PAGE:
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USMNT defender Reggie Cannon makes most of national team call-up

Cannon, a late replacement for injured Tyler Adams, has tried to prove he deserves to stay on the U.S. roster

WASHINGTON, D.C.–Somewhere in the Dallas metropolitan area last month, United States men’s national team defender Reggie Cannon paid for a cart full of groceries. The FC Dallas Homegrown Player was preparing to celebrate his 21st birthday when his phone rang with a call from an unsaved number.

He answered and heard the voice of USMNT coach Gregg Berhalter asking him to report to camp following a late injury to RB Leipzig midfielder Tyler Adams.

“It was one of the best feelings ever, getting that call, especially on my birthday,” Cannon said. “I thought Gregg was just calling to check up on me, but he told me he wanted me to get on a flight as soon as possible and help this group protect our title and find a way to win this Gold Cup.”

Ready to step up to the challenge, Cannon’s only complaint was he wished Berhalter had called just a few minutes before he paid for a month’s worth of groceries.

Cannon arrived in Minneapolis, Minnesota, the next day. He joined a national team that had more than two weeks of training and two friendlies under its belt. Immediately, he had to step in and step up to the challenge of replacing arguably the team’s most versatile midfielder, Adams, who has played a variation of right back during the few games in Berhalter’s system. Cannon joined the team having previously played during January camp, and his familiarity with the new system is what ultimately earned him the call up, Berhalter said.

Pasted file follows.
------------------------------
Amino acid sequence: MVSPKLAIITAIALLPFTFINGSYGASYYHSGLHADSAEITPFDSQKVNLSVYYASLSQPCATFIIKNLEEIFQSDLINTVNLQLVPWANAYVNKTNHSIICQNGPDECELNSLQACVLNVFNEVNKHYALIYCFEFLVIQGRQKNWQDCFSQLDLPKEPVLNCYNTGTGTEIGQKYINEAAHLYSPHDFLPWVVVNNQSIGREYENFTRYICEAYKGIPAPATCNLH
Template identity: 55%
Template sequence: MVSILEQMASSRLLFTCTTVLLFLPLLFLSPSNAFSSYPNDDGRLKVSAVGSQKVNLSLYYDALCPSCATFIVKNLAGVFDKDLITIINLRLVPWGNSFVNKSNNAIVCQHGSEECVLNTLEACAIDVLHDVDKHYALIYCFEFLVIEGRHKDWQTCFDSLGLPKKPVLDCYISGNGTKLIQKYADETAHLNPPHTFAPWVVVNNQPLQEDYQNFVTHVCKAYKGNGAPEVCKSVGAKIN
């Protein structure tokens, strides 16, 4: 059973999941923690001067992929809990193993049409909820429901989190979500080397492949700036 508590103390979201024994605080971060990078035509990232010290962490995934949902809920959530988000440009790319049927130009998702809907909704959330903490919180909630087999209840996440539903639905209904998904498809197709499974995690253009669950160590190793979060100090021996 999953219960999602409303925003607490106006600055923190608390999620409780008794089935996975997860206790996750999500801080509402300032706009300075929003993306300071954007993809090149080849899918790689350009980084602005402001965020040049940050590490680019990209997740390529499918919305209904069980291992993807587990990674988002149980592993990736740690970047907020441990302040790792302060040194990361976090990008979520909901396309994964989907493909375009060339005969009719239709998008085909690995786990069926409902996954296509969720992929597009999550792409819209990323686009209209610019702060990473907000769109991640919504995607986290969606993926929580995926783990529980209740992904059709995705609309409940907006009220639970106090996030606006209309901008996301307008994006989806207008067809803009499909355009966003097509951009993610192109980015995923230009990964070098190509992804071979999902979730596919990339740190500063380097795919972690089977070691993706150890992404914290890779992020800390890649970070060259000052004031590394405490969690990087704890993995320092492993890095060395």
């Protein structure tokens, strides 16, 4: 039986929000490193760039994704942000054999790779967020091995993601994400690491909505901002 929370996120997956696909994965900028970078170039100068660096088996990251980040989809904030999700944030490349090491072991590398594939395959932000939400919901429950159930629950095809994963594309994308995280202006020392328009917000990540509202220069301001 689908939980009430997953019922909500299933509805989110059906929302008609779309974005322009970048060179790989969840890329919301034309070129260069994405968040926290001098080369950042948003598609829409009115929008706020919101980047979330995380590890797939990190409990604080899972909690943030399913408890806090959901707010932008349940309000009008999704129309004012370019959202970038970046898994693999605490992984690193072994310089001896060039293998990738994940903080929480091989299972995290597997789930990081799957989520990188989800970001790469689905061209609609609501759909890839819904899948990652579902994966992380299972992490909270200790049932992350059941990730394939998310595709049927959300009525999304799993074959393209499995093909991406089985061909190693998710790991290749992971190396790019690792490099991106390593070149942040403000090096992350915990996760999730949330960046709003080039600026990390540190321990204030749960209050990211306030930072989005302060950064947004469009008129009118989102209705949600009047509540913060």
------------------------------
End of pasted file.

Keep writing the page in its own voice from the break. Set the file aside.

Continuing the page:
“It is a moment of chance,” Cannon said. “People may say that I don’t belong here or whatever they have to say, but this is an opportunity.”

During his second start of the tournament and fifth cap overall with the national team, Cannon made a case for himself as a starter in the current tournament.

“Regardless of whether I was the first choice or the second choice, I am here and that is what is important,” Cannons said. “Gregg trusts me with this position, and I am going to take it with a grain of salt that I have something to prove something, but I am also here and not putting pressure on myself with stuff that doesn’t matter.”

When he was first asked to join camp, Cannon was not a like-for-like replacement for Adams, who has the ability to move more freely and centrally. Cannon is more of a strict outside back and is learning how to be more mobile in the midfield through Berhalter’s instruction.

“Tyler has a unique skillset. He has versatility. He can play inside. He can play wide. He is a top talented player,” Berhalter said prior to the start of the tournament. “Reggie has a different skill set. He is more vertical. He has speed. He has good crossing and a dynamic defender. They are just different defenders.”

Throughout the Gold Cup, Berhalter has utilized a 4-3-3 formation with the expectation that the outside backs can work as converted midfielders when the team is on the attack. San Jose Earthquake defender Nick Lima played the first two games of the group stage in the right back position alongside what some deemed Berhalter’s preferred starting XI.